Data loss prevention inculcates preventing organisations against both data loss as well as data leakage.
While the hatred towards 2020 is mutual, it is being regarded as the golden age in the field of computer science. Aided by increasing technological advancements, increasing internet speeds and reducing costs of internet access, 2020 has revolutionised and transformed the ways businesses function.
With more and more businesses going online, the amount of data we generate is growing exponentially. This data, when properly studied, can help businesses understand what the consumers want and their behavioural traits and use it to expand and transform the way they work.
Clearly, with rapidly increasing digital dependency, data can be considered the currency of this modern world. Hence, businesses aim to protect not only the confidential data, as mandated by the governments, but also their business data and set up stringent measures to protect it. Since data plays such an important role in shaping the business and future of a company, Data Loss Prevention (DLP) strategies are becoming extremely popular to preserve this data and avoiding it from falling into the wrong hands.
What exactly is Data Loss Prevention?
As defined by Cisco, ‘Data loss prevention, or DLP, is a set of technologies, products, and techniques that are designed to stop sensitive information from leaving an organisation.’ Organisations rely heavily on data loss prevention techniques to comply with the government security regulations or prevent an organisation’s confidential data from illicit transfer outside the boundaries of the organisational, improving the organisation’s information security policies and protecting the businesses from data breaches.
Since the confidential data can reside in any type of computing devices (databases, flash drives, mobile devices, physical servers, virtual servers, cloud, etc.) and can flow through any type of network access points (wireless, wired, etc.), a robust DLP solution should provide a patch for all possible data loss, breaches and recovery.
Features of a Data Loss Prevention Solution:
DLPs are essentially tools which help the network administrators to monitor the data accessed and shared by the employees and other users. The common features of a DLP solution are:
- Monitoring who accesses what data, for what reasons and what do they do with the data.
- Filtering the continuous streams of data to identify suspicious activities
- Reporting instances of loss or breaches of data
- Analysis of the common vulnerabilities in the data loss prevention solutions to further make the solutions more robust.
Aim of Data Loss Prevention
DLP solutions are useful in a variety of use cases. Some of these are:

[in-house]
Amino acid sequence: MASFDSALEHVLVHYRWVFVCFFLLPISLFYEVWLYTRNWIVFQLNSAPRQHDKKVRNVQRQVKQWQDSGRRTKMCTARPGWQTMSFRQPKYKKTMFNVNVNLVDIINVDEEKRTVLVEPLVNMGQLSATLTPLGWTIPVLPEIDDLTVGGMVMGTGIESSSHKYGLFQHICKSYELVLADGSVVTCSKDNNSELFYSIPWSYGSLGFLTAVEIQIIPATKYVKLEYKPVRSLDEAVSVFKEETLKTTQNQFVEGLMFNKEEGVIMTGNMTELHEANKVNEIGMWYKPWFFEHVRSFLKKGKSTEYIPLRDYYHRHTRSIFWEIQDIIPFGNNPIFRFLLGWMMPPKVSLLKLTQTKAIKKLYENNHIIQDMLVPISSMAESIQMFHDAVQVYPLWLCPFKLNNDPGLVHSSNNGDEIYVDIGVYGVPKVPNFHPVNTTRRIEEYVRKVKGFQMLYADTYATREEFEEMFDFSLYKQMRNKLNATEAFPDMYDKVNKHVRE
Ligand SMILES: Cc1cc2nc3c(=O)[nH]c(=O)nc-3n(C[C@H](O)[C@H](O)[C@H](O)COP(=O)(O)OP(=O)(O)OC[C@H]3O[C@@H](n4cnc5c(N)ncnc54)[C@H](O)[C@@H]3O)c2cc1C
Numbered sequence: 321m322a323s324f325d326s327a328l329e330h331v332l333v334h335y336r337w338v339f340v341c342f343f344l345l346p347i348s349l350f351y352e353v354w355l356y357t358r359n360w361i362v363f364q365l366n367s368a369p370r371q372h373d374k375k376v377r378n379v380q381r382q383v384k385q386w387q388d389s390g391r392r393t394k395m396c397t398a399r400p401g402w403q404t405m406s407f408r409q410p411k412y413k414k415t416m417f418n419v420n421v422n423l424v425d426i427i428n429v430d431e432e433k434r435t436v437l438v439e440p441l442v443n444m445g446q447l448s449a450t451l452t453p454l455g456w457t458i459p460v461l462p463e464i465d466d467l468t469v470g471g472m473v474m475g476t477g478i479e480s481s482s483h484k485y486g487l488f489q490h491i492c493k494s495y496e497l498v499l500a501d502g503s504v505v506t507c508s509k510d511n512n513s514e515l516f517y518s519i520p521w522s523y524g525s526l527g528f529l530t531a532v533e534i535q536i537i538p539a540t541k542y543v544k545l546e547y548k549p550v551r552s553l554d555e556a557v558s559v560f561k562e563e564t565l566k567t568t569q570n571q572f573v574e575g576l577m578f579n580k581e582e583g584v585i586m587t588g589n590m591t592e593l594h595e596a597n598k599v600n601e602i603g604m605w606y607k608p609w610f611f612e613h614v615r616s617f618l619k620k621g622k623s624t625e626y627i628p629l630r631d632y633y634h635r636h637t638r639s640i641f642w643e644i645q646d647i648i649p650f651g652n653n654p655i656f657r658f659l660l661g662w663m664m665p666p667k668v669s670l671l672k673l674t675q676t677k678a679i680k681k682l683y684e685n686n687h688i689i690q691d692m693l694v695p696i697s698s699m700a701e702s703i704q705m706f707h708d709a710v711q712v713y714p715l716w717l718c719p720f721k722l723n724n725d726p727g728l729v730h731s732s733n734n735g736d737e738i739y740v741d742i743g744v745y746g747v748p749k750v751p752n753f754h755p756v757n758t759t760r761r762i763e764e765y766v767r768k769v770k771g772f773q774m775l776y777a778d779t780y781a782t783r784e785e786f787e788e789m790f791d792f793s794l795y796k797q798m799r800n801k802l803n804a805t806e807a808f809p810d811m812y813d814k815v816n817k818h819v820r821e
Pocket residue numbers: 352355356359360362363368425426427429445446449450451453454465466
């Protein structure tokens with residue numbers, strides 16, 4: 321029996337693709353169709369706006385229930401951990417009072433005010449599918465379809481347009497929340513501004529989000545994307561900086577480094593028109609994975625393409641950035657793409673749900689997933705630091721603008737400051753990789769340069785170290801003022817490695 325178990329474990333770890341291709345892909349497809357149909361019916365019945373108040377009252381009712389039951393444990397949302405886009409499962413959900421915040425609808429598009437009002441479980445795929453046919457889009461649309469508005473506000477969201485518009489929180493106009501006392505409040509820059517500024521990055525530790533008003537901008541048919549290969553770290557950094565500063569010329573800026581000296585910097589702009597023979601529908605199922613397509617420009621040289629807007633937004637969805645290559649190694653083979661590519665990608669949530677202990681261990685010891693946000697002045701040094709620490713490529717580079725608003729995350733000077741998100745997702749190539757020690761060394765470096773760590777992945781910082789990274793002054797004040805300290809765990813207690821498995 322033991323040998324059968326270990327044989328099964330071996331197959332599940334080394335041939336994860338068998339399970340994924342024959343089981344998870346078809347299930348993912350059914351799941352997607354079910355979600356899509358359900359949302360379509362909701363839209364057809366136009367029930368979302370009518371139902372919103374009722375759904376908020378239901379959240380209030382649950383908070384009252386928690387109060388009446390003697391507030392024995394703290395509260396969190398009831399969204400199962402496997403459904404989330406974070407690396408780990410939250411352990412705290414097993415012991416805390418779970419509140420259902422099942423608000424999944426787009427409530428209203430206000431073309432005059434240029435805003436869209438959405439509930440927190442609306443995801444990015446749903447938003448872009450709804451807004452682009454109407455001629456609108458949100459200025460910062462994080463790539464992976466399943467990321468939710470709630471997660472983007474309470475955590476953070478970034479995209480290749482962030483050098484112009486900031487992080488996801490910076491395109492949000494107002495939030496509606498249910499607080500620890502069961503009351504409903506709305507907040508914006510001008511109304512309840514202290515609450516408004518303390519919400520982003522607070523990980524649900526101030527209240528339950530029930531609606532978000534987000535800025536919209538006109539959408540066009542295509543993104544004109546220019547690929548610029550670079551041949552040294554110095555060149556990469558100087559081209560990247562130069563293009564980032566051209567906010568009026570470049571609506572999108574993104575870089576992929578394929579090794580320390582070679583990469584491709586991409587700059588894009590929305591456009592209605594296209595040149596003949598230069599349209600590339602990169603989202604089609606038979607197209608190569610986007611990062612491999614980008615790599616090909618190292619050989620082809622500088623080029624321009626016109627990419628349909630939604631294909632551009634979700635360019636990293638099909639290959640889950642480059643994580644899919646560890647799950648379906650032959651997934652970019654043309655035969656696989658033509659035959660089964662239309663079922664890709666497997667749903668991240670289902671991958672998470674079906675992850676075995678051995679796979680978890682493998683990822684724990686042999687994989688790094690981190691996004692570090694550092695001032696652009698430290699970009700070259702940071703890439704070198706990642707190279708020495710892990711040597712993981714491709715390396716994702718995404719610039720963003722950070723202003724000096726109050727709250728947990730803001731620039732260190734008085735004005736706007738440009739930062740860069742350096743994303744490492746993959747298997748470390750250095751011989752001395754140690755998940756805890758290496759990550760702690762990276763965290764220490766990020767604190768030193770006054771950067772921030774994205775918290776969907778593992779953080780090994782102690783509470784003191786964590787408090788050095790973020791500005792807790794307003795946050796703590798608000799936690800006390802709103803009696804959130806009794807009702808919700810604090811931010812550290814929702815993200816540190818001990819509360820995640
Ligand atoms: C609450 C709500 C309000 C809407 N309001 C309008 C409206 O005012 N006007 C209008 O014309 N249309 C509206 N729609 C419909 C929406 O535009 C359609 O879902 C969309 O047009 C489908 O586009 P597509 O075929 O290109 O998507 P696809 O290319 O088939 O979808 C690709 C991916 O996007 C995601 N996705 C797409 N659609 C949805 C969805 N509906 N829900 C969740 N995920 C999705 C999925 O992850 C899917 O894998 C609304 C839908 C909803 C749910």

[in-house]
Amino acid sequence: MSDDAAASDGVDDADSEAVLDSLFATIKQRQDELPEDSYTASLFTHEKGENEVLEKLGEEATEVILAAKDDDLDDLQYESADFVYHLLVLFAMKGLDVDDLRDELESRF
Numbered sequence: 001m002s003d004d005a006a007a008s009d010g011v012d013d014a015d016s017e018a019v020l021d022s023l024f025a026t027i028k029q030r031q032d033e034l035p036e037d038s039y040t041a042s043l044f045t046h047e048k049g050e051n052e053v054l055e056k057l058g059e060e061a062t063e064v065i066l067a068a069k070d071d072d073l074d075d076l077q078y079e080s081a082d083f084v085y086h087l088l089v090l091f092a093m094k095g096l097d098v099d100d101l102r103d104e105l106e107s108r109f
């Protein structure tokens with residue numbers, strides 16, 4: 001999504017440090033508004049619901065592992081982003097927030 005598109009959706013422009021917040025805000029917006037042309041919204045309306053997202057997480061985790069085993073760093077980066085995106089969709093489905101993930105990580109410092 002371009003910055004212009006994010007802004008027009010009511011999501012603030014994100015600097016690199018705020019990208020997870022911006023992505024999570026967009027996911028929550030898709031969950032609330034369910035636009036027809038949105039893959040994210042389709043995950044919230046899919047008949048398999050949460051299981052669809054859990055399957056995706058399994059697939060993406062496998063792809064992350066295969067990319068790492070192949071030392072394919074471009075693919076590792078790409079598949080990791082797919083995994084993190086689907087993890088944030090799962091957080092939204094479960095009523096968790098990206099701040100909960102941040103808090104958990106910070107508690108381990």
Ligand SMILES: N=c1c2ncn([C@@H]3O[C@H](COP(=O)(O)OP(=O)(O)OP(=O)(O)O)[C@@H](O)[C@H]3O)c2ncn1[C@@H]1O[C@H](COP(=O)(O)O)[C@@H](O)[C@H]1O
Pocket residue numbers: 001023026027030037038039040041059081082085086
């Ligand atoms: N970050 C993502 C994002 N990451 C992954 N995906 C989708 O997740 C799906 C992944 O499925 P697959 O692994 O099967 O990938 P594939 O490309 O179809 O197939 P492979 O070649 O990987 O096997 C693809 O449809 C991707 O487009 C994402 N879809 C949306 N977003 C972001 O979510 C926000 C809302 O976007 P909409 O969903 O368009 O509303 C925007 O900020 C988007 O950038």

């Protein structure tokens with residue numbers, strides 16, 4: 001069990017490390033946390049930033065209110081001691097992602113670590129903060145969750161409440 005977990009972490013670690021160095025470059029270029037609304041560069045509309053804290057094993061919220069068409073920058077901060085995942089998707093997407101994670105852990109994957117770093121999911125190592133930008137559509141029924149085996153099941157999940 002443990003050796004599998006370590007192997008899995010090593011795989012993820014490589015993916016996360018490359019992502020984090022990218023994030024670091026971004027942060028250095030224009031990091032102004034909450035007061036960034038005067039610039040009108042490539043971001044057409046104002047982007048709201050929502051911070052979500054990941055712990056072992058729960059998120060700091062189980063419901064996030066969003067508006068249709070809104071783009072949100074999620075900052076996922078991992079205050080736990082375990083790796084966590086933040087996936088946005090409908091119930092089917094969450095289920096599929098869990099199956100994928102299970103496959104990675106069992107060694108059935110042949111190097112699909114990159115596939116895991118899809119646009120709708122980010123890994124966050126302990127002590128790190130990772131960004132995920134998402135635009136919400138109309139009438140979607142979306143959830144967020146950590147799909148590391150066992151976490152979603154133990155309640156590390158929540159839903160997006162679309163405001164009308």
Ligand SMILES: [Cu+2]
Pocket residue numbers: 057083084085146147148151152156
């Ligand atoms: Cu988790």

- Meeting Compliance Standards: DLP solutions helps many organisations follow security frameworks, like PCI DSS, NIST, HIPAA, etc., mandated by the government or the information security department of the organisation.
- Preserving the Organisation’s Intellectual Property and Data: The data of an organisation is its currency. DLP solutions help organisations protect intellectual properties like source codes, internal designs and documentation, etc., corporate data like financial documents, internal price lists, strategic documents, etc. and consumer’s confidential data like mobile numbers, credit card information, etc.
- Providing Role Based Access to Confidential Data: DLPs can provide role based accesses, which helps filter exhibiting confidential information based on the role and access provided to the employee. This is essentially useful to prevent data breaches due to insider threats.
- Data Visibility: With increase in computing resources, an organisation’s data can be spread widely across multiple computing platforms, making it extremely hard for the information security department to keep the data secure. Implementing DLP solutions helps provide an insight into the various data sources along with the information about the stakeholders who have access to the data and how they use it.
Causes of Data Leaks: DLP solutions help prevent data breaches since a company’s data can be extremely helpful and profitable to its competitors. The common sources of data leaks are as follows:
- Insider Threats: A malicious insider who abuses their permissions to move confidential information outside the organisation and selling it on the dark web or to the organisation’s competitors.
- Employee Negligence: Employees who might unknowingly or negligently cause data breaches by exposing sensitive data in public.
- Malicious External Attacks: Cyber attackers or hackers who try to gain access to an organisation’s confidential information by using techniques like phishing, malware, code injections, social engineering, etc.